101 ways to feel alive!

New Zealand - Queenstown
  • Queenstown Harbour Queenstown Harbour
  • Famous Ferburgers Famous Ferburgers
  • Dusk over Queenstown - Winter Dusk over Queenstown - Winter
  • TS Ernslaw TS Ernslaw

A Quick Glance

Destination(s) New Zealand - Queenstown

Duration 5 - 7 nights

Traveller(s) Family, group or friends

Trip highlight Fine wines, delicious food, adrenaline packed adventures and quite sojourns. So much to do and experience in Queenstown!

Travel Advisor Michael Nolan

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You’ve spent all your adrenaline by the time you were thirty, so why go to Queenstown – the adrenaline capital of New Zealand (the world?).

If you’re still pumping of course there’s the bungee jumping (included in Lonely Planet’s 1000 Top Travel Experiences), hang gliding, paragliding, white-water rafting, parapenting, and a myriad of other ways to die. But for those of us who would rather take it easier, Queenstown is still a great destination for a head rush of a different kind.

The result of all this testosterone fuelled activity means that most of the population at first appears to be cashed up young backpackers from the US, Australia and Europe. But take a closer look and you’ll see bearded Lord of the Rings fans, Chinese families (it was Chinese New Year when we were there), road tripping baby boomers, wealthy Americans holed up in glamorous eco lodges, photographers, bush walkers, fishermen, gamblers and international students studying at the tertiary colleges set up there to teach English and other pursuits of the West. It seems Queenstown, winter ski capital of the southern hemisphere, now whatever the season and whatever your age, has something for everyone.

It seems Queenstown, winter ski capital of the southern hemisphere, now whatever the season and whatever your age, has something for everyone. 

Written by Kaye Francis. 

The best way to take a population sample is in the queue outside Fergbergers. This tiny hamburger joint is able to sustain a perpetual queue that snakes metres up the footpath of the main street. The international cavalcade of Koreans, Aussies, Germans, South Americans, French and Brits (not many Chinese in this queue) stands for hours (a perfect place to pick up chicks) to be able to go inside to place an order – and curiously no one ever seems to come out. I did see someone come out eating one once, about the size of his face and oozing mushrooms. (Ferg has also opened a bakery next door - I can vouch for the fresh cream filled donuts.) 

So now that you feel comfortable fitting in, and if bungee jumping isn’t your thing, the first thing to do is to take a trip to the quaint village of Arrowtown, 20 minutes from Queenstown and home to the local lawyers and accountants keen to escape the frenetic bustle of Queenstown. It’s full of upmarket New Zealand wool and possumware with a not to miss musty historic museum to give you a good understanding of the area’s geography and historical origins (mainly gold). It contains all sorts of interesting objects (the first doctor’s instruments, scary lifelike tableaux of the original village shops) and fascinating facts. Did you know that Nelson Mandela has been to Arrowtown (along with multiple members of the British Royal Family whom since the 1800s seem to have had a regular habit of dropping in)?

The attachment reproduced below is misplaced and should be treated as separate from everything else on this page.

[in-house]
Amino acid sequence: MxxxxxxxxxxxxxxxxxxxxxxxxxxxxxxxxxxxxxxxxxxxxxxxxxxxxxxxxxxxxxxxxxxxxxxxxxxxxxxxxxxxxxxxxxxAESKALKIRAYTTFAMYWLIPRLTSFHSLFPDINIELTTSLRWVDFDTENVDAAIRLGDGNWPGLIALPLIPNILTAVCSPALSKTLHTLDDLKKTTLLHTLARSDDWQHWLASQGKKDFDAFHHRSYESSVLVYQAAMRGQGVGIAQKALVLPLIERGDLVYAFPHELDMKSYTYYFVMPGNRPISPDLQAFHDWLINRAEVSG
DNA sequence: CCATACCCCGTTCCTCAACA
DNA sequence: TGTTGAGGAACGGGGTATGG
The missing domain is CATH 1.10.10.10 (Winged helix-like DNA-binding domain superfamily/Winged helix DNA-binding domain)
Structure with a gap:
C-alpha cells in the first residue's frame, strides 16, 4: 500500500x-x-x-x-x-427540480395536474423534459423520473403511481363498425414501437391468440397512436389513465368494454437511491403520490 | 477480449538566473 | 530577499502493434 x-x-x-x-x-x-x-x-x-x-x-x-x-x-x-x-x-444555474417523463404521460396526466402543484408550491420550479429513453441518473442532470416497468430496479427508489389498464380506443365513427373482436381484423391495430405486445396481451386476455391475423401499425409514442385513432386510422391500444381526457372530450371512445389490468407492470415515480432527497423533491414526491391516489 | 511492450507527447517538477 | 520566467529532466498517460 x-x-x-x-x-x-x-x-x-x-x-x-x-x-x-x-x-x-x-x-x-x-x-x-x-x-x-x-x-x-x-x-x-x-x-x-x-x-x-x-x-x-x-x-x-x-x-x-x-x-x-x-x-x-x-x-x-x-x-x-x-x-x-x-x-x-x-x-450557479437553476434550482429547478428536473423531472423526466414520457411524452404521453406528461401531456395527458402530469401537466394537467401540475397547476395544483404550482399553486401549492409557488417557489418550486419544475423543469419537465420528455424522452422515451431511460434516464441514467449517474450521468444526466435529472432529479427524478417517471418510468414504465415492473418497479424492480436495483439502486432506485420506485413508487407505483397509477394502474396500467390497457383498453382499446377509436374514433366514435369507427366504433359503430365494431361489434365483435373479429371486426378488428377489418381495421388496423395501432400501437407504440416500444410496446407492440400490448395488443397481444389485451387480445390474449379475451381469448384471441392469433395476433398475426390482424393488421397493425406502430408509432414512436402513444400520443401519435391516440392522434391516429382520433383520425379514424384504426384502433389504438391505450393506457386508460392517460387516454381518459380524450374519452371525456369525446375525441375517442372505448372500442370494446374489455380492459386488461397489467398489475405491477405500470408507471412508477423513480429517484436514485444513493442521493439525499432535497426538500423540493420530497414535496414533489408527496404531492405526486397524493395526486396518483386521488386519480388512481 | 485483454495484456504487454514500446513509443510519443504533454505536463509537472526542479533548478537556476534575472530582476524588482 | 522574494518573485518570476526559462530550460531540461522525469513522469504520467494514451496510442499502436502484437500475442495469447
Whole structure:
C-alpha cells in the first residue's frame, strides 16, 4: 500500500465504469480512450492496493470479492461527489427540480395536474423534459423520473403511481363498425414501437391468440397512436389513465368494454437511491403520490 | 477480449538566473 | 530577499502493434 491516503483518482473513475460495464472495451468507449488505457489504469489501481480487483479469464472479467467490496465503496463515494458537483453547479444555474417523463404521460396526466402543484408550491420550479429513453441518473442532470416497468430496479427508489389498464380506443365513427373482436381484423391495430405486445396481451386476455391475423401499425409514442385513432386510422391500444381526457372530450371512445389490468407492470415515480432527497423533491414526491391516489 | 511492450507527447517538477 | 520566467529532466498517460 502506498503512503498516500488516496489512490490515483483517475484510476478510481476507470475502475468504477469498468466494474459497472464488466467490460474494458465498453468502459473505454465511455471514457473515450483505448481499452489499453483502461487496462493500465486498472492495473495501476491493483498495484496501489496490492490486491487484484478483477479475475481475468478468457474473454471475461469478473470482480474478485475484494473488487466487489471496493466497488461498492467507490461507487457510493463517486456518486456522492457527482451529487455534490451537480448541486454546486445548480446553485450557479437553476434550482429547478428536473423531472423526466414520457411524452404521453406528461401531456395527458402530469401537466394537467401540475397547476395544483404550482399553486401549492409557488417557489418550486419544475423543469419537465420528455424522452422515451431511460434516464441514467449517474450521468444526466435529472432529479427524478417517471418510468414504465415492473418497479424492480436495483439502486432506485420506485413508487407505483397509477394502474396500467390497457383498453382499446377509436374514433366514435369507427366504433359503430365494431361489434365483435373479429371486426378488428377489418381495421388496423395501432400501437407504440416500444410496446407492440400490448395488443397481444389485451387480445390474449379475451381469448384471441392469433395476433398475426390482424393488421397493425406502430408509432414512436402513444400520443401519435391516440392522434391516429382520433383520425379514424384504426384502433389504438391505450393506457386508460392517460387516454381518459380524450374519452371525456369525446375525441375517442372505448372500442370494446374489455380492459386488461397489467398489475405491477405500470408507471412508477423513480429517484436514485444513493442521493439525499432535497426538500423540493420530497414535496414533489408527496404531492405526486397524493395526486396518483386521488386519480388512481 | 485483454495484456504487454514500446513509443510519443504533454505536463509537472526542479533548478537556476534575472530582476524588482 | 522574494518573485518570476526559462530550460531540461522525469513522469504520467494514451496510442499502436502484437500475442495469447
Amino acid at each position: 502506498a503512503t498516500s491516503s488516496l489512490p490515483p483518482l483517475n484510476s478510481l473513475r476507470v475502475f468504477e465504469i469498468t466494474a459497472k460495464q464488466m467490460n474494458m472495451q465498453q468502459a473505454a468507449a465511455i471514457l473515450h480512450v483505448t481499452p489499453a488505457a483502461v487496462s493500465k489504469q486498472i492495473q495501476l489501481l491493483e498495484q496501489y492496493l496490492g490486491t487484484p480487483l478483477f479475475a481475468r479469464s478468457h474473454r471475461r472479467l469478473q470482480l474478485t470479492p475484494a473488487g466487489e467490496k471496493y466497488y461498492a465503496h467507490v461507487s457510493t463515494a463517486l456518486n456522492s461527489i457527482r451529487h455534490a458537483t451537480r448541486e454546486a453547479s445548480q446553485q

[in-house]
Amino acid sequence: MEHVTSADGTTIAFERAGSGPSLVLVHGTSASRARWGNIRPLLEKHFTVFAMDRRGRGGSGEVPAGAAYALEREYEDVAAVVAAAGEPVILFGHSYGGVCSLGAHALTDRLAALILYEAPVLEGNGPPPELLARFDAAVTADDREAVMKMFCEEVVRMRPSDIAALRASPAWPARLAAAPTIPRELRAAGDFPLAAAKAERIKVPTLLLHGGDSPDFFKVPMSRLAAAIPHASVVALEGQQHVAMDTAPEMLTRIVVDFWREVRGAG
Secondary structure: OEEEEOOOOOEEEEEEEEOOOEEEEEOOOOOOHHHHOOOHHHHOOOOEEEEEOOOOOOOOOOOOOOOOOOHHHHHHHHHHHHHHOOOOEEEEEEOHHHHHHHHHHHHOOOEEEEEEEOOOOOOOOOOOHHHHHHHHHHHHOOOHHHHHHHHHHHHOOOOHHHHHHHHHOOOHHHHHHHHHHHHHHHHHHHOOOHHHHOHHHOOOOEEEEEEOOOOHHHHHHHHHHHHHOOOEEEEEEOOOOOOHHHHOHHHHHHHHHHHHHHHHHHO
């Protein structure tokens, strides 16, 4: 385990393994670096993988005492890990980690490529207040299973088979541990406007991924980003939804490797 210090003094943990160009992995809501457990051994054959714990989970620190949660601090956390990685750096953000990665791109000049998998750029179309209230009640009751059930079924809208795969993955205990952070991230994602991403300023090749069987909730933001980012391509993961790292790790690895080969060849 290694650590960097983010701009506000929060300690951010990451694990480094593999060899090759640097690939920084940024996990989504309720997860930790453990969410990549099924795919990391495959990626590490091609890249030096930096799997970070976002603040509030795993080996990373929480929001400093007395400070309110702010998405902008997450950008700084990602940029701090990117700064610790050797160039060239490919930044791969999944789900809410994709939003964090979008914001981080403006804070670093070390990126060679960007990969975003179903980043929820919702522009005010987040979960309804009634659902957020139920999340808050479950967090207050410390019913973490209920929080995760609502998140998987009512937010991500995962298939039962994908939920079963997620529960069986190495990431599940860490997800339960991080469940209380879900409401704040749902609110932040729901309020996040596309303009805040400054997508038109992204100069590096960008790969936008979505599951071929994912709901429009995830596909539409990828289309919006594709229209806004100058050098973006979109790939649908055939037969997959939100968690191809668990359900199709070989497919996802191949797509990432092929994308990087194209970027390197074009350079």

• 101 ways to feel alive 101 ways to feel alive
  • Shotover jet boat adrenaline Shotover jet boat adrenaline

Might pass on the Shotvover jet boat ride today? The Queenstown Gardens sited on the peninsula overlooking the tiny harbour on Lake Wakatipu provide a relaxing getaway from the excitement of the town below. Cross the picturesque stream that flows through the town and take in the stunning views of the crystal clear lake and mountain peaks. Walk around the perimeter of the peninsula or wander through the rose garden taking in bowling green surrounded by climbing roses (no gate) and the quaint clubhouse (bowling club ground floor/tennis club first floor). Listen to the delicate splashing’s  of the fountain (which apparently replaced an “underwhelming water display” in 1968) in the ornamental lake.

Been there-done that with aerial jet skiing? Take in the serene beauty of the Lake and the surrounding mountains with a trip on the coal fired TSS Earnslaw. It’s been chugging up and down the lake for the last 100 years and offers a variety of experiences including lunch and shearing demos at Walter Peak Station. Or trip on the gondola to Coronet Peak for breathtaking views across to the eponymous Remarkables Mountain Range and the surrounding lakes. When you’re sick of paragliding, take a leisurely drive north to Lake Wanaka or south to Glenorchy for spectacular scenery and mountain views (they make the NZ tourism ads on the Glenorchy road). But beware: the ads really are true - you may have to share the roads with a flock of sheep (or was this a regular stunt hosted the NZ tourist Bureau?) Must eats are the Botswana Butchery in the middle of town with its city hip chic vibe (the name says it all) and the winery Amisfield where you can follow in the heels of Wills and Kate (yes – those British Royals keep popping in). Let’s hope they chose the “Trust the Chef” option – certainly fit for a king.

So if you’re a serotonin rather than an adrenaline junkie, you can certainly get a good fix in Queenstown. Just come in February, bring a book and a healthy appetite, and a good pair of walking shoes. Oh, and if you’re the outdoors type, make sure you bring a “tint”.

But beware: the ads really are true!

Is this sheep showdown staged? Is this sheep showdown staged?

A fine wine or two! A fine wine or two!

Cruising to Walter Peak Cruising to Walter Peak